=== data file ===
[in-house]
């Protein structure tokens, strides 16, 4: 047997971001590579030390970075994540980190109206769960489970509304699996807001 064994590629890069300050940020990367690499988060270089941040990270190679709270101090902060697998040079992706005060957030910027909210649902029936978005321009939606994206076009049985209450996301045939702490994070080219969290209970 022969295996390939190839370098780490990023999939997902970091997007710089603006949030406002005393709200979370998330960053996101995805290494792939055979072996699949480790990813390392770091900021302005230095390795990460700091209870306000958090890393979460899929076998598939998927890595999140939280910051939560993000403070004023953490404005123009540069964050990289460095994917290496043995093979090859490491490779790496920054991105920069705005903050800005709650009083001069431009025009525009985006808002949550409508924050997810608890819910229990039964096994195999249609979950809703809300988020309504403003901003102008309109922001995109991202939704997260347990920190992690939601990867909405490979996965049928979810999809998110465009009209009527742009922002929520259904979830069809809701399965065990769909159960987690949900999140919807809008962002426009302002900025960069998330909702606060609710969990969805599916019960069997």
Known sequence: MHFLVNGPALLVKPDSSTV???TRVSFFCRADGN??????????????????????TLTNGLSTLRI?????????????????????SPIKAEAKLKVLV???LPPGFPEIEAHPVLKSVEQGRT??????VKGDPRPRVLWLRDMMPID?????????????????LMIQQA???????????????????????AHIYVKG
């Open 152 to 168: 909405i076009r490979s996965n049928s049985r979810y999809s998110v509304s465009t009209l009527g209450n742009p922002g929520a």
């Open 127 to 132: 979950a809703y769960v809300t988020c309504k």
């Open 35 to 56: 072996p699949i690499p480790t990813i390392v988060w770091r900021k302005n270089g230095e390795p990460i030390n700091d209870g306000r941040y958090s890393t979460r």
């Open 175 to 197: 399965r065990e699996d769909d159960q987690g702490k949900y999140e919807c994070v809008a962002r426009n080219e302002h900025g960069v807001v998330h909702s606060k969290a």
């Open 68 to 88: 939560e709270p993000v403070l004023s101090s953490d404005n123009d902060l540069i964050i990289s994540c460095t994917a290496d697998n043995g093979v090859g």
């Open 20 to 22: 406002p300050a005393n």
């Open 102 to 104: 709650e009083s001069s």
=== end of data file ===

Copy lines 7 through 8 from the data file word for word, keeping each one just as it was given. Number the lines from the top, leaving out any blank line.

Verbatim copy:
């Open 175 to 197: 399965r065990e699996d769909d159960q987690g702490k949900y999140e919807c994070v809008a962002r426009n080219e302002h900025g960069v807001v998330h909702s606060k969290a």
């Open 68 to 88: 939560e709270p993000v403070l004023s101090s953490d404005n123009d902060l540069i964050i990289s994540c460095t994917a290496d697998n043995g093979v090859g």